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TOPIC: Ancient Settlements


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RE: Ancient Settlements
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Archaeologists in China have found the ruins of a 2,000-year-old city dating back to the Eastern Han Dynasty, a report said Wednesday.
The site, located near Fujiacun village in Fengcheng city in Jiangxi province, covers about 18,000 square metres and is surrounded by a moat

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Aditchanallur
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Archaeological excavations and research should be conducted at Aditchanallur, Poompuhar and Korgai, which would help throw light on history of ancient Tamils, Tamil Nadu Finance Minister K. Anbazhagan has said.
During recent excavations at Aditchanallur, earthern urns dating to 3000 BC were found.

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Chinese Academy of Social Sciences has announced the country's top six archaeological discoveries of 2009. Among them are the Neolithic Ruins at Dongshan Village in eastern Jiangsu province. The site has evidence of the earliest Chinese civilization ever found.
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Prehistoric building in Tel Aviv

Archaeologists have uncovered remains of an 8,000-year-old prehistoric three-room structure as well as ancient flint tools near the Ayalon river in the modern city of Tel Aviv. The building is the earliest structure ever found in Tel Aviv and changes what archaeologists previously believed about the area in ancient times.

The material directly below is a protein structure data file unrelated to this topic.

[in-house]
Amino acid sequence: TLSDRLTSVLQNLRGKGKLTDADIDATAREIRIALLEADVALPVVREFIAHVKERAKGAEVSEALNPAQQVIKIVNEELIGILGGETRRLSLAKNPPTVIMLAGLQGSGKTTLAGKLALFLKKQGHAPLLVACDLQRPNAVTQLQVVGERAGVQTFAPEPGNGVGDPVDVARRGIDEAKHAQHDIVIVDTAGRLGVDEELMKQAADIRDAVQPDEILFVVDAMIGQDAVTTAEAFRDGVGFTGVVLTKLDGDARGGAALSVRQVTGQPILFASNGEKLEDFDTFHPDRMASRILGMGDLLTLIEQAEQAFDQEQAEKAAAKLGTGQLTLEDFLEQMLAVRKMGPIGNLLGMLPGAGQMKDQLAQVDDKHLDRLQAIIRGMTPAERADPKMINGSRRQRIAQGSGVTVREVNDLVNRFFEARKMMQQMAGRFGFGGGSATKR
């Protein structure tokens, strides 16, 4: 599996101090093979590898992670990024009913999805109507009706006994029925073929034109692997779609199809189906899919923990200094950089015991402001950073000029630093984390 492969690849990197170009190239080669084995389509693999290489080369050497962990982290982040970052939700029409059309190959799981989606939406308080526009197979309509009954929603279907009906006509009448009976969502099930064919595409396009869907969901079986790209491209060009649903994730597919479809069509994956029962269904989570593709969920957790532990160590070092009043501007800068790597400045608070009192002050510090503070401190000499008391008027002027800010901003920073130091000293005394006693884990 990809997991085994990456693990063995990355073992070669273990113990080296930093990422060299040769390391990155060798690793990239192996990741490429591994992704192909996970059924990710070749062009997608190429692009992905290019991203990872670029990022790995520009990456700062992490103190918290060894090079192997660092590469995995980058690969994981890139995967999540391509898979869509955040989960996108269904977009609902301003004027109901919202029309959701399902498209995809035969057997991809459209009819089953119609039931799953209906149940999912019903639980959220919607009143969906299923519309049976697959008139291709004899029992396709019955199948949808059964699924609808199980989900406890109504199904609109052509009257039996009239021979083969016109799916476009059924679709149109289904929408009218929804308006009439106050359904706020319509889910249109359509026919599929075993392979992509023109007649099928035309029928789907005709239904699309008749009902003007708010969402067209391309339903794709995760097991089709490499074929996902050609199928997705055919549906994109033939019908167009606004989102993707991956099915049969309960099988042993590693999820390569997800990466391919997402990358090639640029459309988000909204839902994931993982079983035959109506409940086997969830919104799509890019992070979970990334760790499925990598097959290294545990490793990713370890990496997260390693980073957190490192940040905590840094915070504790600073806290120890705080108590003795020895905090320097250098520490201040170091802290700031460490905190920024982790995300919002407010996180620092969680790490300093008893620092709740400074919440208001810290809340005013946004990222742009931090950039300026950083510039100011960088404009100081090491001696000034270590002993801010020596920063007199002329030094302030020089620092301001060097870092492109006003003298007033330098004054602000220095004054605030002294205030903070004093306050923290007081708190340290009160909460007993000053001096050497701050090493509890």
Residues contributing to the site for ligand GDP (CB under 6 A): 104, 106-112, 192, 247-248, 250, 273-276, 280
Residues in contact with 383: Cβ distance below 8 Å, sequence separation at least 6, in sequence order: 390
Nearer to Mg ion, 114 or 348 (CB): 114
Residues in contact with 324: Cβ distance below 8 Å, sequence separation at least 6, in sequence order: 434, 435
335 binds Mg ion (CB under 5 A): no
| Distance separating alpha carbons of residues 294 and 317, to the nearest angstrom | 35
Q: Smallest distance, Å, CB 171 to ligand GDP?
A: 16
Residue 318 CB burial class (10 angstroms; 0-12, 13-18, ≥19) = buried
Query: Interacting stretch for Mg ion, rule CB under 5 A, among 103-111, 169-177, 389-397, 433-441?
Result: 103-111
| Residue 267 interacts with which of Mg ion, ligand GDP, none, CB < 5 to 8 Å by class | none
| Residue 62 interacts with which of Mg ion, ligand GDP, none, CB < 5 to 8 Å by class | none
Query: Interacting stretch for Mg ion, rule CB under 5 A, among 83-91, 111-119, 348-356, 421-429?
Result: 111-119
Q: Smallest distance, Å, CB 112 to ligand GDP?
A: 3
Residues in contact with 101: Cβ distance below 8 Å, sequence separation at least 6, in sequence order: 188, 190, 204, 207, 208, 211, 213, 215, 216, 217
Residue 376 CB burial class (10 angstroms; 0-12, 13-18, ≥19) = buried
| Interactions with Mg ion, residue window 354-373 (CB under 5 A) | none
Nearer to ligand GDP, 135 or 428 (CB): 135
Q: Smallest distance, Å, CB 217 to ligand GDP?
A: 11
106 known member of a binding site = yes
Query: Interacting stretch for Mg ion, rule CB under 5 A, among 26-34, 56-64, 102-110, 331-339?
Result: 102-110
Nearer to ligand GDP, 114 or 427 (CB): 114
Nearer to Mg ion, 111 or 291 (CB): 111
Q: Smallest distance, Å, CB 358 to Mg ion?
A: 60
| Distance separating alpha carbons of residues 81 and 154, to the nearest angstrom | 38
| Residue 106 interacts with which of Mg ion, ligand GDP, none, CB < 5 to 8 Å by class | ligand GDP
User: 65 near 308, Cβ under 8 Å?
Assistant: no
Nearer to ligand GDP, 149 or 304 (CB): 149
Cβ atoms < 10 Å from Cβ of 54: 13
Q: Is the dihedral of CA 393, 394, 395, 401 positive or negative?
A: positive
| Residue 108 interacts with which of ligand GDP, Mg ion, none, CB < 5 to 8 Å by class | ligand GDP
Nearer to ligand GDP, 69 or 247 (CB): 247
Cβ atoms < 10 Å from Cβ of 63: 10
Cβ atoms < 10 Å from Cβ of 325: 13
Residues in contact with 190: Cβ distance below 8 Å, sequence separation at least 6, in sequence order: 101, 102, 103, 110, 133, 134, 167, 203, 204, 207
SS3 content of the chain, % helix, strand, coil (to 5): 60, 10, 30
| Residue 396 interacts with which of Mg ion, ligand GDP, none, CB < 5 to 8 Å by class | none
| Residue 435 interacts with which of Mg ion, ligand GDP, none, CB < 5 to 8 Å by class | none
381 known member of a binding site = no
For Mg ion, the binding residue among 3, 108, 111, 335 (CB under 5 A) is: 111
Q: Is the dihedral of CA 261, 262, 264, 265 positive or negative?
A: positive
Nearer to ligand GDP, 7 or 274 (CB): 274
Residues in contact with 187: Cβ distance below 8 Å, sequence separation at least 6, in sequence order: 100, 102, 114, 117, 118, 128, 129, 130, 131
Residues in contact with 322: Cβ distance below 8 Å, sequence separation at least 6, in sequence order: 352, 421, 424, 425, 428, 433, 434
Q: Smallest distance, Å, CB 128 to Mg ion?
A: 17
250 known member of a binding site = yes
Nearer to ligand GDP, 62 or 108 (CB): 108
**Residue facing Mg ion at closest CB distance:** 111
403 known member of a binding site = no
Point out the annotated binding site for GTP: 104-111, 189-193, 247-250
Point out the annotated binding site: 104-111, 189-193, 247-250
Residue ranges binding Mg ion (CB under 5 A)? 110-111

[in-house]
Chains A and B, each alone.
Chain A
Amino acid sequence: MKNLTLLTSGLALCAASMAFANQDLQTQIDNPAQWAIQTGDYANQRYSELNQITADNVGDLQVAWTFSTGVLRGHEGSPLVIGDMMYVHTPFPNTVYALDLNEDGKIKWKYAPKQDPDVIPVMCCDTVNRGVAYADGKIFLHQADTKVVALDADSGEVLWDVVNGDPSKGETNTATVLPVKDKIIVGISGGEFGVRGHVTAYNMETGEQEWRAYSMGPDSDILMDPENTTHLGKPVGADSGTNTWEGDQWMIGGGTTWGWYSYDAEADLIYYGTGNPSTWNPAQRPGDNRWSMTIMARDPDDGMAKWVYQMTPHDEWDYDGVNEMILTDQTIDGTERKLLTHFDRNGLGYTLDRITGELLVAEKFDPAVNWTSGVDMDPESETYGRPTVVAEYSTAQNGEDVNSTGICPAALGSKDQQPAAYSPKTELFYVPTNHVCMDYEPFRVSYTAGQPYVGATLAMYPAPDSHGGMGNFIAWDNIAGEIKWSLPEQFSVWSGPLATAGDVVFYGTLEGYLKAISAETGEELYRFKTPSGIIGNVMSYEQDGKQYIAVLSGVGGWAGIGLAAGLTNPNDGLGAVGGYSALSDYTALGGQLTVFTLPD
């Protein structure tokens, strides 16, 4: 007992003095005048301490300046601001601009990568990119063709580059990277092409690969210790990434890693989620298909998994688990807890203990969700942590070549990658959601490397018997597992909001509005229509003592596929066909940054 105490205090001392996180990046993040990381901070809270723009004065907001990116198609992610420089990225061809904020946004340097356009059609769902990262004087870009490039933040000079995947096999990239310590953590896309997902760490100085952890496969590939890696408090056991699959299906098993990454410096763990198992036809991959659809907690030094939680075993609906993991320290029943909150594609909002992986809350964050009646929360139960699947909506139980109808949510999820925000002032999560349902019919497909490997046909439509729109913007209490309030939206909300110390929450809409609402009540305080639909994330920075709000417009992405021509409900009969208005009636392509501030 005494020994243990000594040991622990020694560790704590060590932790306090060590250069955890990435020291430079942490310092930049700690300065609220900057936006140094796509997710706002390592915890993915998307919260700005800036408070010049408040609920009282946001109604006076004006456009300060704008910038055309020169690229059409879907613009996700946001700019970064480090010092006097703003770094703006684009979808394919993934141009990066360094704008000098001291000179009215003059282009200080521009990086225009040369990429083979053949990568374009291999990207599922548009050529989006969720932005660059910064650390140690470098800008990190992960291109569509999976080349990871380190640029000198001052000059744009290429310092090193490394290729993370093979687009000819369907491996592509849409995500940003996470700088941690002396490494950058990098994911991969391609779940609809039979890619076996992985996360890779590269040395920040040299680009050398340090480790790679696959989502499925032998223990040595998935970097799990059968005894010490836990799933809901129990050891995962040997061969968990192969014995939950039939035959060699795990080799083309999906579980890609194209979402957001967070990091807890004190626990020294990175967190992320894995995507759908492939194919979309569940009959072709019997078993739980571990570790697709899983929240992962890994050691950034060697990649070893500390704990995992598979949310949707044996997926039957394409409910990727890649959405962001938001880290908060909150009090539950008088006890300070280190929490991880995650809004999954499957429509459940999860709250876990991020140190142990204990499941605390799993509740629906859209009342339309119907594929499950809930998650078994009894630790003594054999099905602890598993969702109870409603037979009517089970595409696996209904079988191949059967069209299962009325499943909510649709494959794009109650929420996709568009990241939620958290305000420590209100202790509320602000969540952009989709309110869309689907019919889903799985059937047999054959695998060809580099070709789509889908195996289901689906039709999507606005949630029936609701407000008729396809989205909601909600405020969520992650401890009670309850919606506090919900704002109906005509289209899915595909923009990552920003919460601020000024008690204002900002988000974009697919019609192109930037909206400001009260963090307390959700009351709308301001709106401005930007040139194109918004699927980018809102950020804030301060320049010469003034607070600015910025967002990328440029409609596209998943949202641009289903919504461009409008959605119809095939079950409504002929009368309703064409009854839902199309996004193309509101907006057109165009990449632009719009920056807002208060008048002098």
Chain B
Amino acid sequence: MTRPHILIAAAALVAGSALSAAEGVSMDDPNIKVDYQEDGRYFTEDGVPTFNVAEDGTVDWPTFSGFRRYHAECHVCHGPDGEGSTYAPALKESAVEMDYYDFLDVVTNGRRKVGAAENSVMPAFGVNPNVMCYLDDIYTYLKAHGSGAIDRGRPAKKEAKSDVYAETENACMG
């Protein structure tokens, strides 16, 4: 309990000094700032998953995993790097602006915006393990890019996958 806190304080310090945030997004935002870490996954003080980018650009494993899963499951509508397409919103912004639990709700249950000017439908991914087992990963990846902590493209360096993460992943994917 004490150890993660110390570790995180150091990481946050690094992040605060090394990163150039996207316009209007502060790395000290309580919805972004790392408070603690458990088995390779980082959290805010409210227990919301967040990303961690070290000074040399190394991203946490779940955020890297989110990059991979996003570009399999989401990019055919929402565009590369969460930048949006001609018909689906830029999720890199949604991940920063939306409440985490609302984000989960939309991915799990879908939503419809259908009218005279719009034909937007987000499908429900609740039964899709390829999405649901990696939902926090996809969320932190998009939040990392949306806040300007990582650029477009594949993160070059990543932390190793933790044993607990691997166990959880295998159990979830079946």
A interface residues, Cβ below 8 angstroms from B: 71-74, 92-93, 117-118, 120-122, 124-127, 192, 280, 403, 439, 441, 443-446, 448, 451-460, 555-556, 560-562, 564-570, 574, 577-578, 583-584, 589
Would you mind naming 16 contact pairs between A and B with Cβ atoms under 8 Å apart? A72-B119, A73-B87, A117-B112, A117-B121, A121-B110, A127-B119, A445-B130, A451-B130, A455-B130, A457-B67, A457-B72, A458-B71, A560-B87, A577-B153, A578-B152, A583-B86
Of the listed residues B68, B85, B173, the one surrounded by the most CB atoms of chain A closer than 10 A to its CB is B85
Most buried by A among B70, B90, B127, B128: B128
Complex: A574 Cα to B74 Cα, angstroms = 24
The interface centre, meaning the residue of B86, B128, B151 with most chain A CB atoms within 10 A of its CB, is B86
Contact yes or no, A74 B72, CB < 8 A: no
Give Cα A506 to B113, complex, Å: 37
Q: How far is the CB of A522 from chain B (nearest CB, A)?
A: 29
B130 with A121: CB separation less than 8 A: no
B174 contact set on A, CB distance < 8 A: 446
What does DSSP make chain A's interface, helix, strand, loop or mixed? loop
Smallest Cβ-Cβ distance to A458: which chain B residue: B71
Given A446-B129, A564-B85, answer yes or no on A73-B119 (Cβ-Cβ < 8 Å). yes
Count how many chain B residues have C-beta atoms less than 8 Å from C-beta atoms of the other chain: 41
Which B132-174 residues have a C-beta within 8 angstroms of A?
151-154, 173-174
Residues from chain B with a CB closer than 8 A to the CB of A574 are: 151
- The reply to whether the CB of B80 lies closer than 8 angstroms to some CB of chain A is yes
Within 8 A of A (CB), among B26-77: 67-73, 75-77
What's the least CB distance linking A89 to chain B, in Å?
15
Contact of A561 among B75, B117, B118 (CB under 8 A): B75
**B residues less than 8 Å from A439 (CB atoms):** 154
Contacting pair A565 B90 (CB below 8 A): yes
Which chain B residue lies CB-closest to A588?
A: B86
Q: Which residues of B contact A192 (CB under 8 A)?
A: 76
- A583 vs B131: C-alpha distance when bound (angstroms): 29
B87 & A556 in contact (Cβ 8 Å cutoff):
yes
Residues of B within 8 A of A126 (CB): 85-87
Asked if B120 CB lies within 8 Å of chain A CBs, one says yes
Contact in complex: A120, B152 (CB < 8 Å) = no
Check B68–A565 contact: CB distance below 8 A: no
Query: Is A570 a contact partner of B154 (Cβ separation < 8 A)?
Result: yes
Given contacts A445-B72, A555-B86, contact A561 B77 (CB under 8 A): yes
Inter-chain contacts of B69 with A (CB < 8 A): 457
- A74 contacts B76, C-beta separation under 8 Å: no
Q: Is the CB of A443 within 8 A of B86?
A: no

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Khirbet Qeiyafa
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Khirbet Qeiyafa is a forgotten Biblical site. This is most surprising in view of its massive fortifications of megalithic stones which still stand to a height of 2-3 m, and its strategic geopolitical location.
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Damsay submerged structures
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A unique discovery of submerged man-made structures on the seabed off Orkney could help find solutions to rising sea levels, experts have said.
They said the well preserved stone pieces near the island of Damsay are the only such examples around the UK.

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Damsayb.jpg
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Latitude: 590'31"N, Longitude: 33'47"W

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Howburn Farm
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Scotlands foremost amateur archaeologist, Tam Ward of Biggar Archaeology Group, was guest speaker at the November meeting of Lanark and District Archaeological Society.
The subject of Tam's talk was about the excavation work at Howburn Farm, near Elsrickle, which turned out to be the most important dig in Scotland this year.

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Tel Kabri
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Kabrib.jpg